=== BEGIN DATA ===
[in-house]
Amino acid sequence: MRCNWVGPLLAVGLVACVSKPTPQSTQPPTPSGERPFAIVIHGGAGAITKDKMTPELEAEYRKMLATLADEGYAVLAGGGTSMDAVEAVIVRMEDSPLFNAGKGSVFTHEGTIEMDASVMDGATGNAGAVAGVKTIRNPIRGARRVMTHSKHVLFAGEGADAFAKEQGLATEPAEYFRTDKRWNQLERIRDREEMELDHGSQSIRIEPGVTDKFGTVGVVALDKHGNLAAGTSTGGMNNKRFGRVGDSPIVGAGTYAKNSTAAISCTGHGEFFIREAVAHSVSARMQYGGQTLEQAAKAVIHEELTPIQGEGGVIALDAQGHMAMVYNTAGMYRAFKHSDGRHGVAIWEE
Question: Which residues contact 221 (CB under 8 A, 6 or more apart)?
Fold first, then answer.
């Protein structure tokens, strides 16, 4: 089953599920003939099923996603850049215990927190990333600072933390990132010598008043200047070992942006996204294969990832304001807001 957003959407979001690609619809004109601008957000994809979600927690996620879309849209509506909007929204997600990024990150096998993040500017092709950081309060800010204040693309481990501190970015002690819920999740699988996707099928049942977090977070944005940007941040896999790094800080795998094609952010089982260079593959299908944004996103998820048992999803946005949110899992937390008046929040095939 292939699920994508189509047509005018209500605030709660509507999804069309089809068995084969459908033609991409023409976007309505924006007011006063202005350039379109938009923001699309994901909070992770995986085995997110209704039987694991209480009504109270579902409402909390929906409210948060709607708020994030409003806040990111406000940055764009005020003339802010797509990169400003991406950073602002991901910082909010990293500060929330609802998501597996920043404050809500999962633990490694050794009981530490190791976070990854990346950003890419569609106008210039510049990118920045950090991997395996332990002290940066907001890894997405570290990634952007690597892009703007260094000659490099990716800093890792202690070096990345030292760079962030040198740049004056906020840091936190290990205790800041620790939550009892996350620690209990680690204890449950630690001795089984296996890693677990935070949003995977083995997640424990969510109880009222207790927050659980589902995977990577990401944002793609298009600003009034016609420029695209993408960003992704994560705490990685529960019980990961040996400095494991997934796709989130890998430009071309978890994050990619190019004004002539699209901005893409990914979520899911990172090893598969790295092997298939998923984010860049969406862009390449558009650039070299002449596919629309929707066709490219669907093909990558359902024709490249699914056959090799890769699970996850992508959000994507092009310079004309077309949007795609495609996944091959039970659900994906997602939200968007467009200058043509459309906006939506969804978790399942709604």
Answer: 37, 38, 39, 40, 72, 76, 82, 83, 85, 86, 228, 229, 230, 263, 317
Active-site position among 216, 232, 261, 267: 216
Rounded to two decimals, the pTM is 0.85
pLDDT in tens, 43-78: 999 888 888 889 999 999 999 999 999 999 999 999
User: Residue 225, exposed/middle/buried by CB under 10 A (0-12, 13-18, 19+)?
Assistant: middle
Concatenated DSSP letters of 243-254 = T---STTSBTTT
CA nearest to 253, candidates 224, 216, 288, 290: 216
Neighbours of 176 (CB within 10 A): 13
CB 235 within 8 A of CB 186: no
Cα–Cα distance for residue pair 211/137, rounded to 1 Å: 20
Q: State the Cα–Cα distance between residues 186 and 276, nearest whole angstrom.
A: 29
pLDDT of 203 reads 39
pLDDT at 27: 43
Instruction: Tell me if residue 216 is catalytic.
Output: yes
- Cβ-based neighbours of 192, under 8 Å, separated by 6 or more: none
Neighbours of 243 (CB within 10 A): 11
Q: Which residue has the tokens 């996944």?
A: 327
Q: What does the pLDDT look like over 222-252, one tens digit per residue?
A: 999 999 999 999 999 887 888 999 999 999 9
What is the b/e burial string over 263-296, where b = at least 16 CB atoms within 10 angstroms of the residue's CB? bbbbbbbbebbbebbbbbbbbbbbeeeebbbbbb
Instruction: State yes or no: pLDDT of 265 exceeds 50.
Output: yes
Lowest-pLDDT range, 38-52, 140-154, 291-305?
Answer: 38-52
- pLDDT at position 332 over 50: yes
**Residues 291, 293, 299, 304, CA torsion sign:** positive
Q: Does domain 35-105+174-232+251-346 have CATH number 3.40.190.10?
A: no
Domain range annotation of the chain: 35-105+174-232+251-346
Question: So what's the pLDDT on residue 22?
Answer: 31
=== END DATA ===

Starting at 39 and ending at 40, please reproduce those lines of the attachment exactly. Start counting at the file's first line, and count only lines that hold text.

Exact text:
Question: So what's the pLDDT on residue 22?
Answer: 31